Monday, September 3, 2012

Zaytinya (Washington D.C.)

Jose Andres owns several restaurants in Washington D.C. Unlike many other chefs that do this sort of thing in the big city... Jose Andres cooks several different kinds of cuisine. Despite being an alumni of el Bulli, his highest ranked restaurant was Mediterranean: Zaytinya.

Overall this was a great restaurant. Probably the most coherent one that we went to in Washington D.C. But there were a lot of little problems...

We followed the sleepiest host in the world to this balcony in the back of the restaurant. It was an amazing open space. I loved that there were also tables on the wings like a theater.

We were served some hilariously puffy bread. They kept rotating new bread in as the previous basket cooled and collapsed! We had the bread with some nice delicious olive oil with a zigzag of vinegar on the bottom. Did they make a "Z" on purpose??

Zucchini and cheese pancakes. Now this restaurant does display prominently everywhere that it's mezze or like tapas, it's all small plates. But the pictures on yelp did not really put "small" into perspective. If you can't tell by the random items that I included in the picture... they were small. (but don't worry 3 of these plates per person's plenty of food!)

The pancakes themselves were excellent! I wish I could cut through them more easily, but the inside was soft and the outside had a nice crunch just the way I like them.

Octopus. Because the octopus that we had the day before was a little disappointing. The waiter told me that "the octopus is a little more tender than [I am] used to." Famous last words.

The octopus was indeed incredibly tender, and it was some of the most tender octopus that I've ever had. But unlike the many octopi that were just as tender, this octopus was distinctly missing the char on the outside. That was a problem for me. The char was half the fun! My bf pointed out that he preferred the gummy octopus we had the day before, but I wouldn't go that far.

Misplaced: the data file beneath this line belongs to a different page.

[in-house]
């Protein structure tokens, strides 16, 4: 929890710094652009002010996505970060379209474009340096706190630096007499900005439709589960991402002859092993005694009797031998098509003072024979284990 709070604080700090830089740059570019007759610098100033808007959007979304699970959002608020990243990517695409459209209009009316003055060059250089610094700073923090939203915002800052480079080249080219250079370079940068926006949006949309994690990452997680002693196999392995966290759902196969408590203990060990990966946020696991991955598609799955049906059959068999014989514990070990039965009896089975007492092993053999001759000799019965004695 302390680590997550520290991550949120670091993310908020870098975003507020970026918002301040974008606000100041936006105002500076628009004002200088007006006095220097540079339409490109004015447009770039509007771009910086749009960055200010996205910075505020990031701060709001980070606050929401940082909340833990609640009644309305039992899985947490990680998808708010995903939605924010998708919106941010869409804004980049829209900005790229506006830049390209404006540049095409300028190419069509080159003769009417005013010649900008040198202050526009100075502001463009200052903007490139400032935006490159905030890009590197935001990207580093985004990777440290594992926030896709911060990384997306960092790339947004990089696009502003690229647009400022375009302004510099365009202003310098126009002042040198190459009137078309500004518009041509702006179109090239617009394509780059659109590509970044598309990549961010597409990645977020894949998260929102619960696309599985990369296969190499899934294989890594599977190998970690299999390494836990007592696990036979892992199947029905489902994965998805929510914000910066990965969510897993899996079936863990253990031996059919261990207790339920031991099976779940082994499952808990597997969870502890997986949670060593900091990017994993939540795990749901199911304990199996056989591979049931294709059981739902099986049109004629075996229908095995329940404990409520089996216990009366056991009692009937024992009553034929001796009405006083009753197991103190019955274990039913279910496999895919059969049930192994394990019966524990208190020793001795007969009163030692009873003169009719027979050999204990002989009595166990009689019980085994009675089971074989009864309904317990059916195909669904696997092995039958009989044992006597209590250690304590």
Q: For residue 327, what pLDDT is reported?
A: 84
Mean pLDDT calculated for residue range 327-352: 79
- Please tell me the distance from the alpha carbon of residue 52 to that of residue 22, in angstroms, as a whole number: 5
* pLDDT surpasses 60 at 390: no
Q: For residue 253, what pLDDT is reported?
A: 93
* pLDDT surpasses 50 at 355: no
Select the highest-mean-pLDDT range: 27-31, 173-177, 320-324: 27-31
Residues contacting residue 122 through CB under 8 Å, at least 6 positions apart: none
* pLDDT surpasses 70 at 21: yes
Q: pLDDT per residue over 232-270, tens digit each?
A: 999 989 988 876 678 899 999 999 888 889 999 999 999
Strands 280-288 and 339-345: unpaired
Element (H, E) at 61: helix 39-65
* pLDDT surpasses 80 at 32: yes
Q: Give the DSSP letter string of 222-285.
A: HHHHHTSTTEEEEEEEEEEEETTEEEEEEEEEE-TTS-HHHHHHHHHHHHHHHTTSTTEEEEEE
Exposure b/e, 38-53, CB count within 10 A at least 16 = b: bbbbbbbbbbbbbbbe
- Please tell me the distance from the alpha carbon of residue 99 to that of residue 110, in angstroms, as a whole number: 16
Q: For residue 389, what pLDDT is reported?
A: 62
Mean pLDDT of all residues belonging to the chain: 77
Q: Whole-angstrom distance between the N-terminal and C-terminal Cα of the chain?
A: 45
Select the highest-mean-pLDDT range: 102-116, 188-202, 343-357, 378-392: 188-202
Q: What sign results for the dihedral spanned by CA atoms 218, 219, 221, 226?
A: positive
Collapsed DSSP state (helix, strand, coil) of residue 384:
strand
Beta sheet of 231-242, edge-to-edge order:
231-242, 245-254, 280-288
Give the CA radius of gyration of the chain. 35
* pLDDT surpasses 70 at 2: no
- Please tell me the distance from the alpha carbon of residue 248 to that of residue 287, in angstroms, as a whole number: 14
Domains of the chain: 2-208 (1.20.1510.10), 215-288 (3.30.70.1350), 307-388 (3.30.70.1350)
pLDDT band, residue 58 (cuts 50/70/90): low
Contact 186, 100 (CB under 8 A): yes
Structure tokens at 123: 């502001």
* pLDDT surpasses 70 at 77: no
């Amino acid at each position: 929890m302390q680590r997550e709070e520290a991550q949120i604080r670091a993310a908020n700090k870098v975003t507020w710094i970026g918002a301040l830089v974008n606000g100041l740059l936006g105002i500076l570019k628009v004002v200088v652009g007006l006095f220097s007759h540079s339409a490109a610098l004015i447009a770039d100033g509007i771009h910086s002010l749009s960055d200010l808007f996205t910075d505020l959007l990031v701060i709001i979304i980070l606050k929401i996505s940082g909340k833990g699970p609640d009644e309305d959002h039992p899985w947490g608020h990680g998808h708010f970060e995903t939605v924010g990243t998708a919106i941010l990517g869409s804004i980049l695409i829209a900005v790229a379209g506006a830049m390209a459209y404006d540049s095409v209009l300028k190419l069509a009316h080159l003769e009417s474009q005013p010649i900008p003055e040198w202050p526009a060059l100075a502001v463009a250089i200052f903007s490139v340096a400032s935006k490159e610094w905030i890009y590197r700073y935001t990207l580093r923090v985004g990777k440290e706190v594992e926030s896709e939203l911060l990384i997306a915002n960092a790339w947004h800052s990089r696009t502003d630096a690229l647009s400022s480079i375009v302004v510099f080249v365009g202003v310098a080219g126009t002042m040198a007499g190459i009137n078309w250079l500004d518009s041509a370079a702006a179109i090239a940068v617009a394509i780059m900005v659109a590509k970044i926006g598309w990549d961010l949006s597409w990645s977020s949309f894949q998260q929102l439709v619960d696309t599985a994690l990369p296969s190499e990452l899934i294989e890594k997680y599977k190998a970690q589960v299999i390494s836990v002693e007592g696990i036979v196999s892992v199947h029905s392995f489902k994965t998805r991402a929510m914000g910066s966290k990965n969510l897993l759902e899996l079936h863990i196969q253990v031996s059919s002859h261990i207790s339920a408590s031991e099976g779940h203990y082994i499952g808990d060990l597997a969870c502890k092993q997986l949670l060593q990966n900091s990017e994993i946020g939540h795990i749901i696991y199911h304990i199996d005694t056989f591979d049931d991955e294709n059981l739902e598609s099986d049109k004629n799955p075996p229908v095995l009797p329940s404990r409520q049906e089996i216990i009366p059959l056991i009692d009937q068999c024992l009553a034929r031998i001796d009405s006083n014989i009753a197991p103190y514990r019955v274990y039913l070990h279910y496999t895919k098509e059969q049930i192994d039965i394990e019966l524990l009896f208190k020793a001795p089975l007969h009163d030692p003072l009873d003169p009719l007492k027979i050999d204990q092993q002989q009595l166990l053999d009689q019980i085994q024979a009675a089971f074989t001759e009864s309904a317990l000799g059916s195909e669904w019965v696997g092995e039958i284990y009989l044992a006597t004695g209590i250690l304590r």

Flat bread (pide) with sausage and 63 degree egg. The sausage was amazing. I haven't had such nice sausage since Spain (though I don't order sausage that often). The egg... if it was carefully cooked at 63 degrees, why would you scramble it? It was a travesty. I loved loved loved this dish, but the name of the dish with the "63 degree egg" made me want to cry.

At this juncture I would like to point out that we ordered some wine that was much stronger than we thought, and this meal ended up being very emotional at the beginning and fell apart into hysterics.

English peas. My bf didn't read all the ingredients. Turned out that he hates the yogurt sauce. They turned out to be very delicious in that puffy pita bread.

Their lamb special was a lamb beef wellington! It was good.

Lamb bahar seems to be one of their more popular dishes. The mint on the bottom was a great addition to the dish. The lamb itself could have been seasoned better before being grilled.

If you eat at Zaytinya, you must save room for the dessert.

Turkish coffee chocolate cake. It was a very dense and good cake, but the whipped cream is where the magic is. I believe it was the honey on top and the roasted sesame seeds that made the cream taste distinctly Mediterranean. It made the whole dish.

If you order one dish here, let it be the turkish delight ice cream. I don't know how they did it. But the ice cream tasted like the floury soft part of the famous dessert. Coupled with the cream, the gelee that tasted like a really sweet condensed turkish delight, the cracker, and caramelized pine nuts (which they were kind enough to serve on the side), the dish was *spot on*. It tasted just like a turkish delight but more wonderful; more full of different textures; and more deconstructed - as if you could taste different facets through different ingredients. It was culinary cubism.

We had our meal with this Peloponnesian wine, which tasted very light "with hints of almond and mint." but turned out to be rather... affecting. I blame this wine for the strange bird video that I posted on Facebook, my discombobulated memories of this dining experience, and my particularly aggressive response to the comment about the octopus.

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